Transcriptional control is a major determinant of gene expression in higher eukaryotes. DNA viruses provide valuable models for studying the transcriptional activation of eukaryotic cellular and viral genes. The long-term objective of this proposal is to develop a detailed understanding of the molecular mechanisms by which viral trans-acting immediate-early proteins activate transcription from well characterized cis-acting control sequences, resulting in regulated gene expression. These problems will be studied both by direct viral infection of cells and the transient expression of transfected genes in cultured cells. Using in vitro mutagenesis techniques, we will introduce mutations into viral immediate-early genes and their ultimate sites of action, viral promoters. The transcriptional activity of these viral mutants will be characterized in vivo. We will attempt to express and isolate large amounts of these mutant and wild type viral immediate-early proteins from bacteria to be used for in vitro studies. In addition, we will attempt to develop a regulated nuclear transcription system to facilitate a more direct analysis of transcriptional activation by viral immediate-early gene products. Through these various approaches, we hope identify the active viral immediate-early protein(s), delineate the cis-acting sequences required for their action, determine with which transcription component(s) these viral proteins interact, and study these interactions to determine the mechanism by which these viral proteins function. Furthermore, we will identify cellular genes that are responsive to trans-acting viral proteins and determine the structural or functional features these genes have in common.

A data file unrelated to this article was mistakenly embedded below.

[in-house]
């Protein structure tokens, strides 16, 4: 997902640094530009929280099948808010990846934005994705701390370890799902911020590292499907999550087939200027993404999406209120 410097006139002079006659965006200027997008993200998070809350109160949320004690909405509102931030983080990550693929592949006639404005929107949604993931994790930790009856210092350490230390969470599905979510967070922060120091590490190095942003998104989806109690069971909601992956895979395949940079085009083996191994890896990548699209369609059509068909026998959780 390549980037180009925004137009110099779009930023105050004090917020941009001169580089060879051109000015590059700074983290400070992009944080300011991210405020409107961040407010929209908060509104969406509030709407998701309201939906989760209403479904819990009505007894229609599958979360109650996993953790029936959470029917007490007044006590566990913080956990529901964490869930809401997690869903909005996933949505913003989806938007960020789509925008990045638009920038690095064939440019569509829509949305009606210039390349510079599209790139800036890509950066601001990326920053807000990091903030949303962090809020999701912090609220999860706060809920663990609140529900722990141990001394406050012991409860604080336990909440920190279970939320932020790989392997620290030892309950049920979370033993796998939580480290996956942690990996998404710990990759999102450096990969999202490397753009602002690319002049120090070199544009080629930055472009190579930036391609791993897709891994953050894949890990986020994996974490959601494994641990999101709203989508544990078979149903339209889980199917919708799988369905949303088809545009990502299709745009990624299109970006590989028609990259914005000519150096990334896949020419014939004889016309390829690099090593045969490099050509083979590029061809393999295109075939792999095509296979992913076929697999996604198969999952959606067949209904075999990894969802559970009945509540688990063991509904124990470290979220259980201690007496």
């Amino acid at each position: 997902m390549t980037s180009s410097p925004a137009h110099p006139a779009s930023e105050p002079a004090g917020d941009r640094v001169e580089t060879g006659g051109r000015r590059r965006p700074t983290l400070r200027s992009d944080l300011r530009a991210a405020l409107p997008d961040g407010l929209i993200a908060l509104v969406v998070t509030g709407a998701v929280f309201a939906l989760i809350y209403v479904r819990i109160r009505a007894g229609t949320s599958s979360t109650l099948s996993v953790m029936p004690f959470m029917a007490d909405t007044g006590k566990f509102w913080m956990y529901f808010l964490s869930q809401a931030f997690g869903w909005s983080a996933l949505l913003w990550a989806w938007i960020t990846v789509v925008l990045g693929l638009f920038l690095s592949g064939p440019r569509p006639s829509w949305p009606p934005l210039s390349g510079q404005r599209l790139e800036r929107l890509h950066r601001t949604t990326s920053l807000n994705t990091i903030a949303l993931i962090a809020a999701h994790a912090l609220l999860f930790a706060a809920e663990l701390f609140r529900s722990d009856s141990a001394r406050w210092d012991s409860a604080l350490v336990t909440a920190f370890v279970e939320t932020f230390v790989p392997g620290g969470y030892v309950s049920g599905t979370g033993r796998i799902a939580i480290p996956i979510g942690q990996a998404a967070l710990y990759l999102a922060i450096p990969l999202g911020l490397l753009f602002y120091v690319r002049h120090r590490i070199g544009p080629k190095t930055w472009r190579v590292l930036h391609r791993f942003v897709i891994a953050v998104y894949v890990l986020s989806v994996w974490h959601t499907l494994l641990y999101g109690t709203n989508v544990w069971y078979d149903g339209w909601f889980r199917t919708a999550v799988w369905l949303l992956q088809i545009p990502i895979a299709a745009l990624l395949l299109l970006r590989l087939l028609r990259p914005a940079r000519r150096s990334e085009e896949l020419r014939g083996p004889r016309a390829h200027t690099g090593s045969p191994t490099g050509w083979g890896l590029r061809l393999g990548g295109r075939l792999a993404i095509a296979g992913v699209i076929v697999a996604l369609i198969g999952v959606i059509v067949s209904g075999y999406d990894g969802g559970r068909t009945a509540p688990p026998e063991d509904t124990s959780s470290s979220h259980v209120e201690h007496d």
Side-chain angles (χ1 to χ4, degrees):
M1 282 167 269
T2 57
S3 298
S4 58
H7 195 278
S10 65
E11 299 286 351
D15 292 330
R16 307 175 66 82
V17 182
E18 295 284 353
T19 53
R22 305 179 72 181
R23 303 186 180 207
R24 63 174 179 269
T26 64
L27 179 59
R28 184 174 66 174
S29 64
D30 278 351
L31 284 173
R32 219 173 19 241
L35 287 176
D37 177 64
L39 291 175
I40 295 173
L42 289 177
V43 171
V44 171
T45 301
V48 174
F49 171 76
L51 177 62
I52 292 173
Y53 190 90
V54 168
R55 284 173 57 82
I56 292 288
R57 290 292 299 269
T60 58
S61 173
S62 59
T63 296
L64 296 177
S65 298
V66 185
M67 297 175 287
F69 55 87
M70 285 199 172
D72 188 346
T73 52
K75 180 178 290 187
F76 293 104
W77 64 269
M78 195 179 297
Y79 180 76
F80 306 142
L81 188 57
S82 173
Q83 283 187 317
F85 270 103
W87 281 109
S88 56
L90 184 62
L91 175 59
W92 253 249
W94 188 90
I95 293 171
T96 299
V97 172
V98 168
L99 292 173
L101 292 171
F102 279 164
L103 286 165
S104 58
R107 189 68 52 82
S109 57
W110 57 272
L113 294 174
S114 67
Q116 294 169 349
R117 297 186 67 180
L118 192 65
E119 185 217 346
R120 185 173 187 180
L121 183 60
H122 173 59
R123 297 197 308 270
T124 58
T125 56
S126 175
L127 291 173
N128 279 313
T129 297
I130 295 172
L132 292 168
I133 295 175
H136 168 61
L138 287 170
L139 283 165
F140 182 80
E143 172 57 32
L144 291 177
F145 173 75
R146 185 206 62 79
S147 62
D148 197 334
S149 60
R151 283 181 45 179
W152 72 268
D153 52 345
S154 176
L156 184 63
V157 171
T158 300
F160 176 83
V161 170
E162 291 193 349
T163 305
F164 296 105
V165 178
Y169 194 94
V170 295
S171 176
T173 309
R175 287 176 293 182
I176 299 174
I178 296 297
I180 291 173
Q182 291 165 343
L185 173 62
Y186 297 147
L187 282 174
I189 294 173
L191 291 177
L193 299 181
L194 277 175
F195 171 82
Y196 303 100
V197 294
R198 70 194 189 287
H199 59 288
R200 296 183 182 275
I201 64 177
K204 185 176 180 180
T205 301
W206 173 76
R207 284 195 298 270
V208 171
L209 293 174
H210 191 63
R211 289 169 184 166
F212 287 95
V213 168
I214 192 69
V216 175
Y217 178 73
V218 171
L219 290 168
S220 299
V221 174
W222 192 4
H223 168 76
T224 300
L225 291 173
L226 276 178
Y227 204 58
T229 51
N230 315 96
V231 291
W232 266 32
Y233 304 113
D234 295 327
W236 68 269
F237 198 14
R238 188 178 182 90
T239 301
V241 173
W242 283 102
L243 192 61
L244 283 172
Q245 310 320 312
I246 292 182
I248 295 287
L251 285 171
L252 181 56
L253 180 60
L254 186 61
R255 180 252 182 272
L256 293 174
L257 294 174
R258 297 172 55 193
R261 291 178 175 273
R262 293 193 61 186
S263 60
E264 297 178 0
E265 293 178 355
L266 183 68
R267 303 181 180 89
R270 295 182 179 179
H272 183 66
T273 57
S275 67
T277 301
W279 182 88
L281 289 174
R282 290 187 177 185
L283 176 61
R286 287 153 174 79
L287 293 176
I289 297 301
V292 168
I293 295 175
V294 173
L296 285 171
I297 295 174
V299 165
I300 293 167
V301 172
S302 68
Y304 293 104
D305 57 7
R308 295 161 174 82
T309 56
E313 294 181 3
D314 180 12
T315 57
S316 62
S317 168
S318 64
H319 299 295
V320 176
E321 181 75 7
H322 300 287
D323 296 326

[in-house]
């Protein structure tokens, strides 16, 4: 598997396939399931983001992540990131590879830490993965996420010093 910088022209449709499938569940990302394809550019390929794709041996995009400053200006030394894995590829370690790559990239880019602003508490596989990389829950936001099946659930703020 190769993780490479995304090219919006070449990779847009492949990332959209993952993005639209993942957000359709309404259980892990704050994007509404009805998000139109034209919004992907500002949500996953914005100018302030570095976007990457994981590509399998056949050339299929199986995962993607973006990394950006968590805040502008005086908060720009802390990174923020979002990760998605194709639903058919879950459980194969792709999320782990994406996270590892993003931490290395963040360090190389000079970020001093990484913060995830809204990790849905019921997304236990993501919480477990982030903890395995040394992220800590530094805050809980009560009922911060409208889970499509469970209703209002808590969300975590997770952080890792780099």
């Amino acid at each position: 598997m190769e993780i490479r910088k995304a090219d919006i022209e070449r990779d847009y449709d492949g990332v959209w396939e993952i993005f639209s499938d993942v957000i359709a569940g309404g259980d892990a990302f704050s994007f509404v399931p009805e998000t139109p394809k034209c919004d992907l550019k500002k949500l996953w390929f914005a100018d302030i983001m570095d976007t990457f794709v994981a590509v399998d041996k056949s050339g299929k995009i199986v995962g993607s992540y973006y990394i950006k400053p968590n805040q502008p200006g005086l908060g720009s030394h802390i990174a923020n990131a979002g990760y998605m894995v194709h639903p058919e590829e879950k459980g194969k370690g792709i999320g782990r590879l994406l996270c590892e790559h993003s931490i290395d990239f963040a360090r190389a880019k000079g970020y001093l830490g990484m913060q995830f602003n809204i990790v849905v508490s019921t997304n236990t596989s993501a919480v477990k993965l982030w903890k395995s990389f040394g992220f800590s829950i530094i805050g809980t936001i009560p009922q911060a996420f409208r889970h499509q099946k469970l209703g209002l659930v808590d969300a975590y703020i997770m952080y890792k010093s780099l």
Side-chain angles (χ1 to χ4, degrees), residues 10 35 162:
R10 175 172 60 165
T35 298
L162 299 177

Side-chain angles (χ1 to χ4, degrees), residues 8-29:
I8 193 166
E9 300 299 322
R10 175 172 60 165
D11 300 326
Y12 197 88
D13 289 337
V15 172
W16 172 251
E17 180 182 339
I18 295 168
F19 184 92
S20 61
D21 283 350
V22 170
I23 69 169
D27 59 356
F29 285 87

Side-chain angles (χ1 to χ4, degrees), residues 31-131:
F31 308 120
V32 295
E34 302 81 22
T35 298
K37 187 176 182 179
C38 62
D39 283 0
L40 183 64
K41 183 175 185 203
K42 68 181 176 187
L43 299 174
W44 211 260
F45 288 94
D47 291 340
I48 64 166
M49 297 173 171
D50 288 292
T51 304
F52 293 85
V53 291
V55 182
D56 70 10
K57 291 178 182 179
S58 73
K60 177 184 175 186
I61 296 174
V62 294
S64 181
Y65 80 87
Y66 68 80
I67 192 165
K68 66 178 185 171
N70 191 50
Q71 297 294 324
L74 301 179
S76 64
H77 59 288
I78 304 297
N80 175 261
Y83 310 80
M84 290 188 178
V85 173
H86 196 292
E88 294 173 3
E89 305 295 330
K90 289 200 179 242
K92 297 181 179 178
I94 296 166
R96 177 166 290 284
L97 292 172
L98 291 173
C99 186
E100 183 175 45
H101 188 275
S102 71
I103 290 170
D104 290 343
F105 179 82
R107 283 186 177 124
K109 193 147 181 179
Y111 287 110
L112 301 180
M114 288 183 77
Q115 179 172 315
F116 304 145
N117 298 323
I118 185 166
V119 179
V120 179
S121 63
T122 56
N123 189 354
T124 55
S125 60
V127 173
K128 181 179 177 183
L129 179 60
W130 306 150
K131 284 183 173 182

National Institute of Health (NIH)
National Institute of General Medical Sciences (NIGMS)
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Virology Study Section (VR)
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Harvard University
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